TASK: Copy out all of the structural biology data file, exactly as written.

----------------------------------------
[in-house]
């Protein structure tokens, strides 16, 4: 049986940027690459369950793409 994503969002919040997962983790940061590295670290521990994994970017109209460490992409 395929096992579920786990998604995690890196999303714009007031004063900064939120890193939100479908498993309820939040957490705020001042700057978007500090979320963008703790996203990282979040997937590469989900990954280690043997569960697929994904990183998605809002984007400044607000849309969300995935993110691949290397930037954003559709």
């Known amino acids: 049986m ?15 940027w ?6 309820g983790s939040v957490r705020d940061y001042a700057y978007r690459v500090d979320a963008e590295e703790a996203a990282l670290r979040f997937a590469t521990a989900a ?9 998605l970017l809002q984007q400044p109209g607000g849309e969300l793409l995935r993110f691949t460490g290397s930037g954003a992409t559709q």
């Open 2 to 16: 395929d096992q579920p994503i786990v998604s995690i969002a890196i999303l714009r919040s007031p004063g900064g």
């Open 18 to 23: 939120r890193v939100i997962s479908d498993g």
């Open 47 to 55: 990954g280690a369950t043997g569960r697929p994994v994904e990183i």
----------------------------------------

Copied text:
[in-house]
């Protein structure tokens, strides 16, 4: 049986940027690459369950793409 994503969002919040997962983790940061590295670290521990994994970017109209460490992409 395929096992579920786990998604995690890196999303714009007031004063900064939120890193939100479908498993309820939040957490705020001042700057978007500090979320963008703790996203990282979040997937590469989900990954280690043997569960697929994904990183998605809002984007400044607000849309969300995935993110691949290397930037954003559709």
């Known amino acids: 049986m ?15 940027w ?6 309820g983790s939040v957490r705020d940061y001042a700057y978007r690459v500090d979320a963008e590295e703790a996203a990282l670290r979040f997937a590469t521990a989900a ?9 998605l970017l809002q984007q400044p109209g607000g849309e969300l793409l995935r993110f691949t460490g290397s930037g954003a992409t559709q």
């Open 2 to 16: 395929d096992q579920p994503i786990v998604s995690i969002a890196i999303l714009r919040s007031p004063g900064g």
């Open 18 to 23: 939120r890193v939100i997962s479908d498993g």
């Open 47 to 55: 990954g280690a369950t043997g569960r697929p994994v994904e990183i």